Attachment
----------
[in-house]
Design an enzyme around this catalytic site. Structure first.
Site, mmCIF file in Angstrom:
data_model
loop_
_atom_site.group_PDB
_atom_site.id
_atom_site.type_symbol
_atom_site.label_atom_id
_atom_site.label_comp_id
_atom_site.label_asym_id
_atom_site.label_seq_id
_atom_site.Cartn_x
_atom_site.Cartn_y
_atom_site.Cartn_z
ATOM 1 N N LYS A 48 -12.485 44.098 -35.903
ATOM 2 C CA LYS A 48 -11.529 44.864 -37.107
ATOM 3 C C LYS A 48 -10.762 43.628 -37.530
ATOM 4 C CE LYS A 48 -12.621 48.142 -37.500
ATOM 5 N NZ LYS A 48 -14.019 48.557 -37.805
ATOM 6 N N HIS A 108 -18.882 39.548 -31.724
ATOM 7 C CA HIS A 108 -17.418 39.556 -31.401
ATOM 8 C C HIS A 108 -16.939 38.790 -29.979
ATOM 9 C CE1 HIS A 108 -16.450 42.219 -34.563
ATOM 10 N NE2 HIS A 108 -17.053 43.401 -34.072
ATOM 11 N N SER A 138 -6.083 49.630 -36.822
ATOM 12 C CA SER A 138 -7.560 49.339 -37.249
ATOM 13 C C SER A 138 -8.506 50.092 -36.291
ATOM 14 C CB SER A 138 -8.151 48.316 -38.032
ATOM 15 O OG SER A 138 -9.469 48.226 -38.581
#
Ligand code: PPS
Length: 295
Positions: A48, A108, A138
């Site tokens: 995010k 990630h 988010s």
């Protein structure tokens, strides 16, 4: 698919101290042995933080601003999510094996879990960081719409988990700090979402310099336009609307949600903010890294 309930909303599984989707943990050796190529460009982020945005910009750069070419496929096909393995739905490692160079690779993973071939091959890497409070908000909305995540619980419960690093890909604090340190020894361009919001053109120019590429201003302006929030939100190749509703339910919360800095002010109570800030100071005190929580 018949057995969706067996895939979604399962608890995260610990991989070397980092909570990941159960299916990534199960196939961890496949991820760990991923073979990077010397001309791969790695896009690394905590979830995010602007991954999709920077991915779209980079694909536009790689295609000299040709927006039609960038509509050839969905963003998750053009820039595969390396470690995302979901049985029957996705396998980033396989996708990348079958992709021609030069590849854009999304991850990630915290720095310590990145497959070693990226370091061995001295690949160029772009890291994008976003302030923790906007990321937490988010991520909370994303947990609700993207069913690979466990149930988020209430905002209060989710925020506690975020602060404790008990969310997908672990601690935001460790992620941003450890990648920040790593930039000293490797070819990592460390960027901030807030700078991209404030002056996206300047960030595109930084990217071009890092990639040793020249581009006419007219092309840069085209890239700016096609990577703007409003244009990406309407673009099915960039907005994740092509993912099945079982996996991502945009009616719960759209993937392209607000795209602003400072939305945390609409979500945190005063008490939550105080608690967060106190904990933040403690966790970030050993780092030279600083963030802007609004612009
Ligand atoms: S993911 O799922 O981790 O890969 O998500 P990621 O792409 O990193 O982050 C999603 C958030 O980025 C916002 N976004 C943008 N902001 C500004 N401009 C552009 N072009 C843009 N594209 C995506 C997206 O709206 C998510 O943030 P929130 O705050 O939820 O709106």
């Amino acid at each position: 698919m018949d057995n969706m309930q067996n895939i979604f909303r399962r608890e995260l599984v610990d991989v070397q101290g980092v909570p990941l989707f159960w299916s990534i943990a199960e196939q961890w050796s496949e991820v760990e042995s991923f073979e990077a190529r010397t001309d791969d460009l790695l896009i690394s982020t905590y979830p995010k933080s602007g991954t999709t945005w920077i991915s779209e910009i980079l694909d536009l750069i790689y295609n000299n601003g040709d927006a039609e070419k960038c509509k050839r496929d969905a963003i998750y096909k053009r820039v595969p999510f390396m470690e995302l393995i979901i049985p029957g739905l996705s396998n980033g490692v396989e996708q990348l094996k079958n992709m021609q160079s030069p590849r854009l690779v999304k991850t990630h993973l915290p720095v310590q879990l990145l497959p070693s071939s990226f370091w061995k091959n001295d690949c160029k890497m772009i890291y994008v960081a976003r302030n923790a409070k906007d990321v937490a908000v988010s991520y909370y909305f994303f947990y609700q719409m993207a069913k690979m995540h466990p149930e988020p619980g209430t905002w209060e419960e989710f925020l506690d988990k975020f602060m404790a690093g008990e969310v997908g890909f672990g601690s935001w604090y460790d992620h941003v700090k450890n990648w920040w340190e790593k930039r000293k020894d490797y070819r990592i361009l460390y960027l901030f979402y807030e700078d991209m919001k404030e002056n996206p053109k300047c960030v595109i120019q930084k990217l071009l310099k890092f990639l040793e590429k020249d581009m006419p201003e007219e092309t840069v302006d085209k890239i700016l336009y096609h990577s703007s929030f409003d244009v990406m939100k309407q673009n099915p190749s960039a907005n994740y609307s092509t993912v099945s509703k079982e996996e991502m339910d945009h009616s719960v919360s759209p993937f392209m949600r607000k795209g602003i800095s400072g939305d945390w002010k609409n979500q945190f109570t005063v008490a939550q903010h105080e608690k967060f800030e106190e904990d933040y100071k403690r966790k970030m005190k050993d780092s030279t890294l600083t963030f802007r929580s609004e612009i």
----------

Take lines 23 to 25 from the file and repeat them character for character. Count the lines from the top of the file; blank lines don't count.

ATOM 8 C C HIS A 108 -16.939 38.790 -29.979
ATOM 9 C CE1 HIS A 108 -16.450 42.219 -34.563
ATOM 10 N NE2 HIS A 108 -17.053 43.401 -34.072